Talented youth and experience from the Top 10
Final Bell Boxing are excited to announce a top clash as the main event of a fight night at the Olympia Eishalle in Munich, featuring Sophie Schumann and Elsie Nadege.
The fight, scheduled for 10 rounds of three minutes, will be broadcast live by Box TV across Europe.
Sophie “Picasso” Schumann, 4-0 with three knockouts, needs no introduction as the fastest rising artist in the fistic arts. Aged only 22, she jumped to number 9 in Lightweight rankings according to BOX! Magazine, doing it in just four professional fights. The latest was a KO win against Megan Thomas, the American champion.
“I’m excited to get into the ring with a top contender, says Schumann. This is the biggest test of my career against someone I respect. Well, I’ll drop that respect when the bell rings.”
Elsie “Your Highness” Nadege is aged 36 and ranked as number 5 in the division. From Cameroon, she has a professional record of 17 wins (9 KO) and 7 losses as a pro.
“They may think they have signed a gatekeeper to feed to Sophie but I’m far from that, says Nadege. I fully intend to give the princess a taste of my royalty, and I don’t think she will like it.”
Born on January 16, 1985, Elsie “Your Highness” Nadege an uncommon beast in boxing.
From the city of Douala, Cameroon, she had a privileged childhood since she is a descendent of the Duala rulers, who preserved their fortune and turned to politics to remain influent when the country turned into a republic. Always taunted as “Your Highness” in school due to her family history, she found the nickname so posh she had to embrace it.
Friendly with a touch of charisma, Elsie became friends with a tough group of boys and girls because they were just plain cool. She had a first and informal taste of boxing when aged 14. Her friends acquired two pairs of boxing gloves, and fought for fun outside without a ring. The technique was rudimentary, of course.
Although thin, Elsie found that she had natural skills for pugilism, and sting to her punches. After having fun roughing up the girls, she was put in the “ring” with one of the guys, and gave him a good shiner. He still gets teased for it to this day, but it doesn’t hurt as much anymore since Elsie made a name for herself. She can beat most human beings around her size.
How did she do it?
Well, it wasn’t simple. There was a small boxing gym to train in Douala, but the sport has its limits in Cameroon. Elsie’s talent needed competition to blossom. Her father “exported” her to France when she was 20, so she could live with his sister, study and take up amateur boxing.
Potential was realised in the Featherweight division. With training, Elsie showed sound ring generalship, speed and technique to outscore opponents in a system that counted each clean punch as a point. She racked up national and even two European titles to end that part of her career with a record of 63 wins and 9 losses.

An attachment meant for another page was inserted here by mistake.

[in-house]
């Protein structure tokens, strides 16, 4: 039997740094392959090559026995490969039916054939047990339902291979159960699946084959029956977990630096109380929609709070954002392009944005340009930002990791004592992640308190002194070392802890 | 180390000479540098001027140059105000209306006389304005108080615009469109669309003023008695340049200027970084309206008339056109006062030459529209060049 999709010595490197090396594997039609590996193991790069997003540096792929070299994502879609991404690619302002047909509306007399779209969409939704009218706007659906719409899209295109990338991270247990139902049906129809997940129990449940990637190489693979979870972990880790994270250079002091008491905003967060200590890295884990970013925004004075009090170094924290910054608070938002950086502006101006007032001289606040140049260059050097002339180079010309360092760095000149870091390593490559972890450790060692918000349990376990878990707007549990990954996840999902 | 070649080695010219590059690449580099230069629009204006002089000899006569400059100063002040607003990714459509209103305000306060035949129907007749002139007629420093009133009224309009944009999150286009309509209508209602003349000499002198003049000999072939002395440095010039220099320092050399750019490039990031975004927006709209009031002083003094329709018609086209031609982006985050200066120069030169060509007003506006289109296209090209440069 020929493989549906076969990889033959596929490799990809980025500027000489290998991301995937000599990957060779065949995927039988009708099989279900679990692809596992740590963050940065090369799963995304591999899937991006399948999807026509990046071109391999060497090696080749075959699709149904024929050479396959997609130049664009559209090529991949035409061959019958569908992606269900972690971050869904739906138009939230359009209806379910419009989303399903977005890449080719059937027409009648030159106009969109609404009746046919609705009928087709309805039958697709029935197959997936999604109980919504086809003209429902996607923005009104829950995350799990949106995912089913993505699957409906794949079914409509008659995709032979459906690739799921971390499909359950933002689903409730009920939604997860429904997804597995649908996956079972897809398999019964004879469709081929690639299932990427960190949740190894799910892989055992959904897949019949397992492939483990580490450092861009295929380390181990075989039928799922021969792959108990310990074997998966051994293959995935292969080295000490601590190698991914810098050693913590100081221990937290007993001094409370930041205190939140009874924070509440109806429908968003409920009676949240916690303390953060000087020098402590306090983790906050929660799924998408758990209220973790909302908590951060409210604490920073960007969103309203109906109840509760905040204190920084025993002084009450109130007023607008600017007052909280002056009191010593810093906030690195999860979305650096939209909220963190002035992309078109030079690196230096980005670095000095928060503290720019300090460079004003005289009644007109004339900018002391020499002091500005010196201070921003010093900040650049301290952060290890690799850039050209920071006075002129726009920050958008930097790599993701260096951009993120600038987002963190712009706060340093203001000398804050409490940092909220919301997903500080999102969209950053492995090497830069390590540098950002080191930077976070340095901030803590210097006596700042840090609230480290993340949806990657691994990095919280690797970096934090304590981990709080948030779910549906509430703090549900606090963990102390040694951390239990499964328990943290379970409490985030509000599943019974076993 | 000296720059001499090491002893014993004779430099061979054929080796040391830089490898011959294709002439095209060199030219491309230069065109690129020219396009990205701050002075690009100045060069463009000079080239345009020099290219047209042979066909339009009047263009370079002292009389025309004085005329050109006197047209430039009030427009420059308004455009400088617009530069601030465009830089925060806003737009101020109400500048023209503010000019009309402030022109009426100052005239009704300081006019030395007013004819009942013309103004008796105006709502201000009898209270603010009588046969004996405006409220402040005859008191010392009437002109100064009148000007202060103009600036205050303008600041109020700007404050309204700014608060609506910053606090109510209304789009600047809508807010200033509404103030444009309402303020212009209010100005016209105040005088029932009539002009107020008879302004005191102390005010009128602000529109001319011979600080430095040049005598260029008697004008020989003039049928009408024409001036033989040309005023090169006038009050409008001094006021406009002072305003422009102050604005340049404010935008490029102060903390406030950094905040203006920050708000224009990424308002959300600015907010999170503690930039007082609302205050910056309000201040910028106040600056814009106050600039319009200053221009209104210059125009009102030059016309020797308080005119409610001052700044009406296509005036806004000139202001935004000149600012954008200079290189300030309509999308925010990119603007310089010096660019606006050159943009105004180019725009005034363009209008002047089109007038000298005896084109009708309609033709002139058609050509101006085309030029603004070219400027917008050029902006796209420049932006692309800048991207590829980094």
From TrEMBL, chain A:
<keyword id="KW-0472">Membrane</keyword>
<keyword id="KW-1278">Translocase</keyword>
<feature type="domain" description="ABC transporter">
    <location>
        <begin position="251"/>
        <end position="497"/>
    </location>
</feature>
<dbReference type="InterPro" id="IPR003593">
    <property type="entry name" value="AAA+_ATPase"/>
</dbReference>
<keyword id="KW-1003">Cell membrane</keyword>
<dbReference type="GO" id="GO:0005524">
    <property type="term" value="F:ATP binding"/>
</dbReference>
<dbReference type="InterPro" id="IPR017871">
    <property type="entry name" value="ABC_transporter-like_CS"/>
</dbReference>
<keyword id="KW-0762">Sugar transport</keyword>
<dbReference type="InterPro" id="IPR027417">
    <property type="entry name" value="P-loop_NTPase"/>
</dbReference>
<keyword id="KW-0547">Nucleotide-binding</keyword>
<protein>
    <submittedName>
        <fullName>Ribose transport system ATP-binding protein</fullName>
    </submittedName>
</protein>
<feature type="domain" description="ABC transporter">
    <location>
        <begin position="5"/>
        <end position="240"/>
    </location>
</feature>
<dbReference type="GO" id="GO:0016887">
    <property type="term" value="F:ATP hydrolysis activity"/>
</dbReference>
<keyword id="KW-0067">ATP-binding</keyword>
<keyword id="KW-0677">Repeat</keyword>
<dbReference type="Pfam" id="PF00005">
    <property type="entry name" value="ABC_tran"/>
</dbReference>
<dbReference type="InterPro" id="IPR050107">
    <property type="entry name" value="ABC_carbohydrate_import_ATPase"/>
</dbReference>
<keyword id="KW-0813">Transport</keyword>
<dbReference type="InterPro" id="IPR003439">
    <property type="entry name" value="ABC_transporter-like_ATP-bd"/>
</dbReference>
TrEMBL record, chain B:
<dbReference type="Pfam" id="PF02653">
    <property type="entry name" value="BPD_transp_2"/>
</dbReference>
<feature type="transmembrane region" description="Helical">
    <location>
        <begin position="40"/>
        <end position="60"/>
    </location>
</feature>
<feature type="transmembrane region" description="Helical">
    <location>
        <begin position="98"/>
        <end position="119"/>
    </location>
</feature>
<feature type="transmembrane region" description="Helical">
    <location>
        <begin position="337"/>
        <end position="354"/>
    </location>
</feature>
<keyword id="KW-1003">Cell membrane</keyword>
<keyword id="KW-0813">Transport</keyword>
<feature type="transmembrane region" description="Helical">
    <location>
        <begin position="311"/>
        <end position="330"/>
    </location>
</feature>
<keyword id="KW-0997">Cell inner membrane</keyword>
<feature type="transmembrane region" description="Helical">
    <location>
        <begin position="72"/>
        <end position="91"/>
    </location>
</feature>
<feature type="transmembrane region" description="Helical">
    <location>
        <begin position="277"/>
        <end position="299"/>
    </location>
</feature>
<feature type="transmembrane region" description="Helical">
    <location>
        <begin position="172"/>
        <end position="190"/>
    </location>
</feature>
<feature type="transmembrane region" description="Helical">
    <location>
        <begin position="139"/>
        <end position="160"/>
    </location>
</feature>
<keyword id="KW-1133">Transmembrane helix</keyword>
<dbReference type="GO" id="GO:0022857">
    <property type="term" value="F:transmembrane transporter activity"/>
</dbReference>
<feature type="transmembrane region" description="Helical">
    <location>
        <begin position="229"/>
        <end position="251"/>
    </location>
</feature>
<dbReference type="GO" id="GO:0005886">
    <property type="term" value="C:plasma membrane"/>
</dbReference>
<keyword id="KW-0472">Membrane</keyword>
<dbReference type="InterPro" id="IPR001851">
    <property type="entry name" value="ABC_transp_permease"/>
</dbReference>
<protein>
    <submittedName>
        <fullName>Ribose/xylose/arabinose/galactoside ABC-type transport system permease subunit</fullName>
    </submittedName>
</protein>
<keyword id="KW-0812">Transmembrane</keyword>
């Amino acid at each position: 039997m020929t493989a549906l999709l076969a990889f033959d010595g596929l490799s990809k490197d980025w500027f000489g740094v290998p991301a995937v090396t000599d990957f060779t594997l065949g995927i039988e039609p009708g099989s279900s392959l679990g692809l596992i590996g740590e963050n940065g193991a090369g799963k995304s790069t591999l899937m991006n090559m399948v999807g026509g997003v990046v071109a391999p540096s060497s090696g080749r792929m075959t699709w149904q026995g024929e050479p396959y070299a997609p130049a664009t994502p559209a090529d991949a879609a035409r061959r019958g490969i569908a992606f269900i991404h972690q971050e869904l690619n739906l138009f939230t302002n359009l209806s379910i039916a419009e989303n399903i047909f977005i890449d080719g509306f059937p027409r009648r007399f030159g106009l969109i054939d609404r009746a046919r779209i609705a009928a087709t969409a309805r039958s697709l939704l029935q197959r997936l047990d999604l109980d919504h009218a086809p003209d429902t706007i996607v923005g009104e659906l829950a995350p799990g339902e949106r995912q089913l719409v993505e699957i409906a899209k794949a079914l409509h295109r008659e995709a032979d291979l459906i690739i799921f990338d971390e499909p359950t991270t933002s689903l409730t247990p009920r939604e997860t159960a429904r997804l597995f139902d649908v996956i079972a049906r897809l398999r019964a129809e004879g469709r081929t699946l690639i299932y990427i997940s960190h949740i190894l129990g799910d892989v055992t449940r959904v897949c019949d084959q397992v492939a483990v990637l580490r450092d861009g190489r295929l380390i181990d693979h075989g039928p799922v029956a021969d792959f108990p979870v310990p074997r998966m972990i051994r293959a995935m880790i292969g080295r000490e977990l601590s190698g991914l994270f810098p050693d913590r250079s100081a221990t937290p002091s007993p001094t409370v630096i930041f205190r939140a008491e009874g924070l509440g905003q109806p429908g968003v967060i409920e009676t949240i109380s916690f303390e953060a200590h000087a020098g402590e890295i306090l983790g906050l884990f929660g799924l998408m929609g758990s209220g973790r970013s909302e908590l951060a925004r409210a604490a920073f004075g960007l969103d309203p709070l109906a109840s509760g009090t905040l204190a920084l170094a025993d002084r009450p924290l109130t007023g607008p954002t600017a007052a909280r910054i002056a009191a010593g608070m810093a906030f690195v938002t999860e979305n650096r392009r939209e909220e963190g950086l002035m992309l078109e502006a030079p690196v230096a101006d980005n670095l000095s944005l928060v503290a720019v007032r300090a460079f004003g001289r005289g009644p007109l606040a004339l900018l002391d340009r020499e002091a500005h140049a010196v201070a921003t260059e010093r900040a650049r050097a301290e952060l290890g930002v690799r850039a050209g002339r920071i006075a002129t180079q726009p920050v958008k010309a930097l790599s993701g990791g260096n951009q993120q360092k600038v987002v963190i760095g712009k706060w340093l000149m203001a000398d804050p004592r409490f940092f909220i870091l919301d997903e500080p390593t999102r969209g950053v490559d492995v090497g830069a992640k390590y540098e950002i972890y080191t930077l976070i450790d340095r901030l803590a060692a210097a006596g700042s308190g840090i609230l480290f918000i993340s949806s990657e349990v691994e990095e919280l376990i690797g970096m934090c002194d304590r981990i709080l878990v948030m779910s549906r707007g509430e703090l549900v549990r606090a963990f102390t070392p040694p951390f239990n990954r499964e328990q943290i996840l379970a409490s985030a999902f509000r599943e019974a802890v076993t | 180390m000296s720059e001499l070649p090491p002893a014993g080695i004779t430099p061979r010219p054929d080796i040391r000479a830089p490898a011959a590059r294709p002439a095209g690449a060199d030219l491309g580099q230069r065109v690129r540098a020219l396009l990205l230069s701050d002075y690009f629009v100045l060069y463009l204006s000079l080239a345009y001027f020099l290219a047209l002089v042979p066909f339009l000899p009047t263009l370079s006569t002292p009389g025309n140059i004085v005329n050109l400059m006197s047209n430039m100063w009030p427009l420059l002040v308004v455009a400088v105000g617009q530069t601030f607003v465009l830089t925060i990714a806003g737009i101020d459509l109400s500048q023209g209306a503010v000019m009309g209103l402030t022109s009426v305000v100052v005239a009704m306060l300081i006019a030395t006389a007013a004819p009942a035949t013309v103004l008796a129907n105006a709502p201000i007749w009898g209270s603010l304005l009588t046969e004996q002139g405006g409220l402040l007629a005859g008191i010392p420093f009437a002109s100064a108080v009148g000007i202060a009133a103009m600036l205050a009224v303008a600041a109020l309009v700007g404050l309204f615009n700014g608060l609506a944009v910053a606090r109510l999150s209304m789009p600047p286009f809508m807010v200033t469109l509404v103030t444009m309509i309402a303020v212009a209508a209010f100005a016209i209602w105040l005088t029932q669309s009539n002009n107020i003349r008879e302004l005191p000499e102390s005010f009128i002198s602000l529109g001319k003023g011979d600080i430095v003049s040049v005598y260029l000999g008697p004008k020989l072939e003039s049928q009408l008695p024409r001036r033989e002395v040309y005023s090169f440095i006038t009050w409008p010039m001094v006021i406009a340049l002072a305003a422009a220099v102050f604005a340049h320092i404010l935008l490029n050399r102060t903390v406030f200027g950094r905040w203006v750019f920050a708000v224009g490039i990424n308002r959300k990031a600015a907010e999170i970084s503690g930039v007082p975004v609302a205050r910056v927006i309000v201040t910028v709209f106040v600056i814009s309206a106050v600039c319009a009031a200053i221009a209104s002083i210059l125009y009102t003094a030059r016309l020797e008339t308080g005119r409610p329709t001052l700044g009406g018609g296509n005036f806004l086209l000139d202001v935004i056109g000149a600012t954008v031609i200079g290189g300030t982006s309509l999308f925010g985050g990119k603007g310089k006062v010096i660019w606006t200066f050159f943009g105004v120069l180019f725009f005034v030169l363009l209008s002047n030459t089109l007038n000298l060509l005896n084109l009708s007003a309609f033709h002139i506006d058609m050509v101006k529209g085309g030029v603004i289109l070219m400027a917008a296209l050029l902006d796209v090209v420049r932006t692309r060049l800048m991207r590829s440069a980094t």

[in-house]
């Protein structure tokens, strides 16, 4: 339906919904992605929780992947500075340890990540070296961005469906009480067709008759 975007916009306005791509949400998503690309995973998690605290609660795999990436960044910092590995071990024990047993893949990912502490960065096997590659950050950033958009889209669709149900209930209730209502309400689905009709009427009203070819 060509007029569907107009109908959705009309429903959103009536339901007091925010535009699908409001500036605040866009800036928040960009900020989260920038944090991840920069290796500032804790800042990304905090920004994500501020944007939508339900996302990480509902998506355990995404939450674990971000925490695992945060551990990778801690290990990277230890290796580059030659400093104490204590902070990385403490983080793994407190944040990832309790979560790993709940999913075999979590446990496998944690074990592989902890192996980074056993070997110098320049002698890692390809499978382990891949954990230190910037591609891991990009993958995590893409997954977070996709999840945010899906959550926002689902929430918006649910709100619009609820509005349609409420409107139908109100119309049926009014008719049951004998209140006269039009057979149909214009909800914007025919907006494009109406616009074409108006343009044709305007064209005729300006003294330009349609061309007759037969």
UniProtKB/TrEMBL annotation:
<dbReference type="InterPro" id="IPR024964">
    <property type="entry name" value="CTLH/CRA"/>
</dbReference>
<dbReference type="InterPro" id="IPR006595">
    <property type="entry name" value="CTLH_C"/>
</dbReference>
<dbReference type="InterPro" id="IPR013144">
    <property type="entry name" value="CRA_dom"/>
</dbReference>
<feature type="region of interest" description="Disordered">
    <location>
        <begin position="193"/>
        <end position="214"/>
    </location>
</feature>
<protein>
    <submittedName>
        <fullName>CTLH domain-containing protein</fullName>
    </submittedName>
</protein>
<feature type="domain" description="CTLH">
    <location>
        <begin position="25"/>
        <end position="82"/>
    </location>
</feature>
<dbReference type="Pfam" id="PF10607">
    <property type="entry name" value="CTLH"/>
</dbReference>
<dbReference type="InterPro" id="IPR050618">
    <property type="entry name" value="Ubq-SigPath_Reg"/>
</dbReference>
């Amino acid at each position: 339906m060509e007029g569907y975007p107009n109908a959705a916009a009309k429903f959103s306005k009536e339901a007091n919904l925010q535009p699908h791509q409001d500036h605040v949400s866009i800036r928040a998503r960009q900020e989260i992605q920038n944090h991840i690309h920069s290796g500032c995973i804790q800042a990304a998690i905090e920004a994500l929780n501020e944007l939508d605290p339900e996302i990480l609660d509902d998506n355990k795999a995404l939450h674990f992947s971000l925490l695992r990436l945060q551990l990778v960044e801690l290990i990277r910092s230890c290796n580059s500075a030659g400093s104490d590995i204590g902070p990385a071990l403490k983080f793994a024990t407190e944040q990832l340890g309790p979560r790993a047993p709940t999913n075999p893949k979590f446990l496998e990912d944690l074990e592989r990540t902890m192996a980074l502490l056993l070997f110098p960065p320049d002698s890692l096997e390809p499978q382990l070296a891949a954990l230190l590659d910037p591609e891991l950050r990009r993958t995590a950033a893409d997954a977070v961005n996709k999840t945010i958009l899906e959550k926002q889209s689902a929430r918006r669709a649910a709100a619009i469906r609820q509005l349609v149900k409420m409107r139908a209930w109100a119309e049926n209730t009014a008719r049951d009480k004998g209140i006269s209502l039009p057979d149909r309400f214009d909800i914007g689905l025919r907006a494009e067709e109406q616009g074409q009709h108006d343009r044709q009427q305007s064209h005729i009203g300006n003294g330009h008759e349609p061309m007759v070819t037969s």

Turning professional at the age of 30 was a lot more challenging. The jumpy, hyperactive style that is tailor-made to score points in the amateurs made her go 2-3 in the first five fights. Having moved to Super Featherweight to accommodate growing size and muscle came with a shortcoming. Elsie has a good chin, but opponents were “sitting” on their punches to land the cleaner, hurtful shots to win decisions.
At that point, Your Highness had a decision to make. Would she reform or retire? A respected English coach, Clifford Little, said that he saw talent but required a move to London and an appetite for change.
The Cameroonian went for both. Clifford’s guidance made her game more sophisticated, with volume punching, to bring her record to 10-5. He also made her fight less often to minimise the wear and tear for a boxer whose body already gone through more than 80 amateur and pro fights.
In her mid-30s, making weight became too draining, forcing a move to Lightweight. That proved to be the perfect class since Elsie felt even more comfortable at 135 pounds. Performance actually improved since she could throw punches in bunches without feeling the same fatigue after a few rounds. Elsie’s record jumped to 15-5 with five straight technical knockouts. This earned her the number 5 position in rankings and a title shot against Zohana Patel.
Unfortunately, Zohana outclassed Elsie for an easy decision. This was followed by a bounce-back win against a journeyman, but then a disappointing decision loss in which she looked out of sorts. Today, the Cameroonian missed a chance to become world champion, and observers are asking if she is overstaying her welcome. She has a name, but has she lost a step?